BRUCE, ROBERT Schooner, cargo wheat and beef, ashore near Port Burwell. Total loss.
Buffalo Commercial Advertiser
January 31,1857 (casualty list)
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A large crowd assembled on the government pier at the mouth of the river on Saturday afternoon, the news having spread that 2 vessels were afloat in the harbor and in danger of being sunk. It appears that the vessels, the SONORA and the ROBERT BRUCE attempted entering the harbor about the same time. They were both loaded deep and the BRUCE went aground near the east pier and immediately after the SONORA was carried by the sea against the prop. MANHATTAN which had sunk against the west pier the previous night, and coming up with a turn ran her bowsprit into the canvas of the BRUCE. The sea was running high at the time, and there was imminent danger to both vessels. The waves finally forced them within the bar, the SONORA lying square across the harbor, her bow rigging afoul of the BRUCE. As the crowd gathered on the quays to the number of nearly a thousand persons, the scene was, for a few moments, an exciting one. the more so as two more vessels appeared a few miles out , evidently manuvering to enter. A banner was forthwith procured , and the vessels outside signalled of the danger. After repeated and laborius exertions, the SONORA and BRUCE were seperated, but not without severe damage to both. The ROBERT BRUCE had her fore boom, fore gaff and jibboom carried away, and her canvas very badly torn, and also sprung a leak. The SONORA lost her bowsprit and head piece, and received other considerable injuries. After they were seperated the signal was removed, and the vessels outside came in in good style, one of them the HAMPTON, being loaded deep, just grazed the bar, but passed steadily in. The other, the WELLINGTON, followed and having little or no load, entered safely. When will the general government do justice to Cleveland harbor?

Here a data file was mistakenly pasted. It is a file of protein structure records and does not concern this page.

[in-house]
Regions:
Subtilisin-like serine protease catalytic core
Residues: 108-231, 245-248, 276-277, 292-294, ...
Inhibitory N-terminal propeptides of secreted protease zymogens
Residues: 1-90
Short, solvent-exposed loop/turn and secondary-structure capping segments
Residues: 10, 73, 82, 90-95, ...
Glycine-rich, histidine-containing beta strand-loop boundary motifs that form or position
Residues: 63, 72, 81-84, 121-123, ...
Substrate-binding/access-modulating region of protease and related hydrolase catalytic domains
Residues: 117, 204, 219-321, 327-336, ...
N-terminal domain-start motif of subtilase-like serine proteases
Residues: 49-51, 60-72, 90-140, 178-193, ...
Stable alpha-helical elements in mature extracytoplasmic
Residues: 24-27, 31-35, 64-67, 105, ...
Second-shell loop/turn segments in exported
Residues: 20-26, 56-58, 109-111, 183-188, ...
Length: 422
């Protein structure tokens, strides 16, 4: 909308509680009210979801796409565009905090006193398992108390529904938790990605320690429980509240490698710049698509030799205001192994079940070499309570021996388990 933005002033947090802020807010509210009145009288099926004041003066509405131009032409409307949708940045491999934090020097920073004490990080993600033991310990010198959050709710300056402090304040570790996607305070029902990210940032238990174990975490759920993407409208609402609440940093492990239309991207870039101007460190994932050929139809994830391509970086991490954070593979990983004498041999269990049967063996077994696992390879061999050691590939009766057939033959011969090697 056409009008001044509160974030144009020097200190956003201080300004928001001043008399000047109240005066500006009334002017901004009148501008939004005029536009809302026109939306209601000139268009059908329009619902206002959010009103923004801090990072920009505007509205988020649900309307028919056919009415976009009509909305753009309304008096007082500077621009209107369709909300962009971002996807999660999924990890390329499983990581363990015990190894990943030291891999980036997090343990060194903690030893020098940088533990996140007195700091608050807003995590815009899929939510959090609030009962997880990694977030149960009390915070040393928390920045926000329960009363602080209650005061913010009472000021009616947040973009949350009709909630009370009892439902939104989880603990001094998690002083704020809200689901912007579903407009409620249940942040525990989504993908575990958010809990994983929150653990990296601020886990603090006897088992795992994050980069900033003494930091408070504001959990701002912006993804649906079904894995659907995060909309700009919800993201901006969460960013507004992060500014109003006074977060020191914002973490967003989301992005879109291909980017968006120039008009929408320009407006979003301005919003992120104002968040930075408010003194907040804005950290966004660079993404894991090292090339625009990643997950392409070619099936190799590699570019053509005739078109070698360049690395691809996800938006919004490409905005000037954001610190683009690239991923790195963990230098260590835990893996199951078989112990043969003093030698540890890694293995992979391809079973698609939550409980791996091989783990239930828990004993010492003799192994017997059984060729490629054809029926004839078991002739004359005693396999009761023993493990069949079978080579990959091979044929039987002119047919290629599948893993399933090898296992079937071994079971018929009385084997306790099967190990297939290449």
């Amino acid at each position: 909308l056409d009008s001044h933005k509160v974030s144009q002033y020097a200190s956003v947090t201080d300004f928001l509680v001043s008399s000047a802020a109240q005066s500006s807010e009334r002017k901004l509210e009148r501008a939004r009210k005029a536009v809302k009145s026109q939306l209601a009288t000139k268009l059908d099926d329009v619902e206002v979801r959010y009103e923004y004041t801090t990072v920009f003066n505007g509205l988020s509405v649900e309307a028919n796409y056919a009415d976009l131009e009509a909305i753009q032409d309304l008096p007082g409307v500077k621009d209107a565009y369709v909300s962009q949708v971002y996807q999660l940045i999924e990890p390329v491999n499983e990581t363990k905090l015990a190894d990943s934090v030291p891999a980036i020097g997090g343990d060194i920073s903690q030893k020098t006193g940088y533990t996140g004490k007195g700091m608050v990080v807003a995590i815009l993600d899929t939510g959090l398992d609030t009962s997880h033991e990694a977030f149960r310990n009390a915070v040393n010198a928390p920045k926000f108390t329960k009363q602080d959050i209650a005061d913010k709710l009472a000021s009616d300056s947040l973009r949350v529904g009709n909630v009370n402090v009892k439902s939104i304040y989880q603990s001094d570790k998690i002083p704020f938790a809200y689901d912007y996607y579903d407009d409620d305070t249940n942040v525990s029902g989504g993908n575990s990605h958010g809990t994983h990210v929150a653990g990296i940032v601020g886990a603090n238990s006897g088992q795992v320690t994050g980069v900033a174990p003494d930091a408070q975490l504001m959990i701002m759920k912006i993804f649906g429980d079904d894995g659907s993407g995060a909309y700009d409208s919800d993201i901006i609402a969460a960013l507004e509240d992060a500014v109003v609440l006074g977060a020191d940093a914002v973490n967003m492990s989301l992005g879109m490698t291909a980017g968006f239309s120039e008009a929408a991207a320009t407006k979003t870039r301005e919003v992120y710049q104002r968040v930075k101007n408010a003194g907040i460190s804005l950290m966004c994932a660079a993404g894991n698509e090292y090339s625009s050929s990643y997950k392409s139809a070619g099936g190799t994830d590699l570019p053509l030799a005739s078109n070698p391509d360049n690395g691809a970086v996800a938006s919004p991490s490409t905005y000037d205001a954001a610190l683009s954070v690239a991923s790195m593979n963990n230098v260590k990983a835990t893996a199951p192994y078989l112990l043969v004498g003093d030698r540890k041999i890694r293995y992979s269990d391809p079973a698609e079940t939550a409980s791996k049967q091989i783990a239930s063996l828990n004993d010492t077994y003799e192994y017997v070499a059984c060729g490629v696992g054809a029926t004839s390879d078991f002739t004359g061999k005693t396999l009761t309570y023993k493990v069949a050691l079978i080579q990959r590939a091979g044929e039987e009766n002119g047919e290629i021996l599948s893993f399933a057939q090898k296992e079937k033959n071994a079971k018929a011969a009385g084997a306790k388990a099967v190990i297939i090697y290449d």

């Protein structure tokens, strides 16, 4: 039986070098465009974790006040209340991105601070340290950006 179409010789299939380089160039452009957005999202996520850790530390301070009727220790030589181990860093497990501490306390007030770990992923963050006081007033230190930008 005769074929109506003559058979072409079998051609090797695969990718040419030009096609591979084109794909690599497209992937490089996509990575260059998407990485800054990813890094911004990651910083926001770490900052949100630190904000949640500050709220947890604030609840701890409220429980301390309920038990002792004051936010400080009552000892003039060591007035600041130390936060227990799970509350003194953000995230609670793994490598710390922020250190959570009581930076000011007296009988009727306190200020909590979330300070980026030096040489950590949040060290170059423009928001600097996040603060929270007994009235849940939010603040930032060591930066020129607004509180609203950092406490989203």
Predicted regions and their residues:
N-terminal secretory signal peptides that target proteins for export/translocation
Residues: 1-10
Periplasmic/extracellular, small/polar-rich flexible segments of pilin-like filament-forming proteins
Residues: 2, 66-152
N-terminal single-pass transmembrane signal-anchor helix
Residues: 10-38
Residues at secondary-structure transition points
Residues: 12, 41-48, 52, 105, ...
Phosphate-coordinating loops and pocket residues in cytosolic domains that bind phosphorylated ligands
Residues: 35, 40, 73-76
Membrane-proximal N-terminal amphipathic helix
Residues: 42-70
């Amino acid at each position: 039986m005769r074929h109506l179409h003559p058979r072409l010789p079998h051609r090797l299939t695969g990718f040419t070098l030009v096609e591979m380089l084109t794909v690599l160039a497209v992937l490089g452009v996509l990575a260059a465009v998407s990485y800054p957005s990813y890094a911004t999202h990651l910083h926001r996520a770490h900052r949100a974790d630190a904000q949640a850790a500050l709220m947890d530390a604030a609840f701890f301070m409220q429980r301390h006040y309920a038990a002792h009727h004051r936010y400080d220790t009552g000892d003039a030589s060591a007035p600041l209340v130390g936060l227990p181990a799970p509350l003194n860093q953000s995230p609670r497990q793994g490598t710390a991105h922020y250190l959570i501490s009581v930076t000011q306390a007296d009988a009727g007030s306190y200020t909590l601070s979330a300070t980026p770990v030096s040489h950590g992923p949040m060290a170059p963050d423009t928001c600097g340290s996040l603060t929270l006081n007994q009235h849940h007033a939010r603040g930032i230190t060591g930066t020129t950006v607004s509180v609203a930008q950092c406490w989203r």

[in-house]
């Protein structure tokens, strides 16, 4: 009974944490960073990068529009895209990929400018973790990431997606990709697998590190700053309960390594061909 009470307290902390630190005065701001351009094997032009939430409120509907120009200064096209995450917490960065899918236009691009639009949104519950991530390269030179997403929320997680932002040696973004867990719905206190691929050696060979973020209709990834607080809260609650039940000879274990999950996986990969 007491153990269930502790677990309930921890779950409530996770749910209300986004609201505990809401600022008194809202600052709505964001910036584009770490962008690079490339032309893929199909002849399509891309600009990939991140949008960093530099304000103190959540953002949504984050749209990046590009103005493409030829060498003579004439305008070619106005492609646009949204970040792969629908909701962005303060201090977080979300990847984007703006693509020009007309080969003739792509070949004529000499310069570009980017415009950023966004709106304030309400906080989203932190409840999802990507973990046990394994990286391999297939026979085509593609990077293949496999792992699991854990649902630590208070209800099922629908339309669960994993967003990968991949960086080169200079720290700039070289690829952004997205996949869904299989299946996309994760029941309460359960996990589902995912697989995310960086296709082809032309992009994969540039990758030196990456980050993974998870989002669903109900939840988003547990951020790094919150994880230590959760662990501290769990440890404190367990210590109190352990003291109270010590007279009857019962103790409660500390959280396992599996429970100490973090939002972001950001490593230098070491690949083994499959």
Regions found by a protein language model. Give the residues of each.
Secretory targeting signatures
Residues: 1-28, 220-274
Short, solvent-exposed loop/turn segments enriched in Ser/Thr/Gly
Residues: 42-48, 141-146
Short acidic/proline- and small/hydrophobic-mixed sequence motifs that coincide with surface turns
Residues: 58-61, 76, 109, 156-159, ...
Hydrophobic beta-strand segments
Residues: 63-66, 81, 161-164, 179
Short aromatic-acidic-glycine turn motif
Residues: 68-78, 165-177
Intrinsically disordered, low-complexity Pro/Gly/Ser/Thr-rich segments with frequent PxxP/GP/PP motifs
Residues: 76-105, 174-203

December 1, 1856 3-2
On Saturday afternoon, the schooner ROBERT BRUCE, bound down, with wheat, in coming here, struck the bar and swung round, so as to catch the jib-boom of the Bark SONORA, also entering, and just behind her, in the foresail, and the result was the knocking off of the jib-boom of the SONORA, and a trifling injury to her rudder, and the loss of the fore-boom of the BRUCE, and her foresail, and slight injury to some rigging.
Fortunately Capt. H. Nott had a boom ready, and the schooner had an extra suit of sails on board so that the BRUCE was fitted again for sea by last night and sailed this morning at nine o'clock for Buffalo. She was a strong vessel, otherwise the accident would have been a more serious one. The SENORA will be repaired today, and will sail tomorrow morning, wind and weather permitting. - Cleveland Herald, Saturday.
Buffalo Daily Republic
Tuesday, December 2, 1856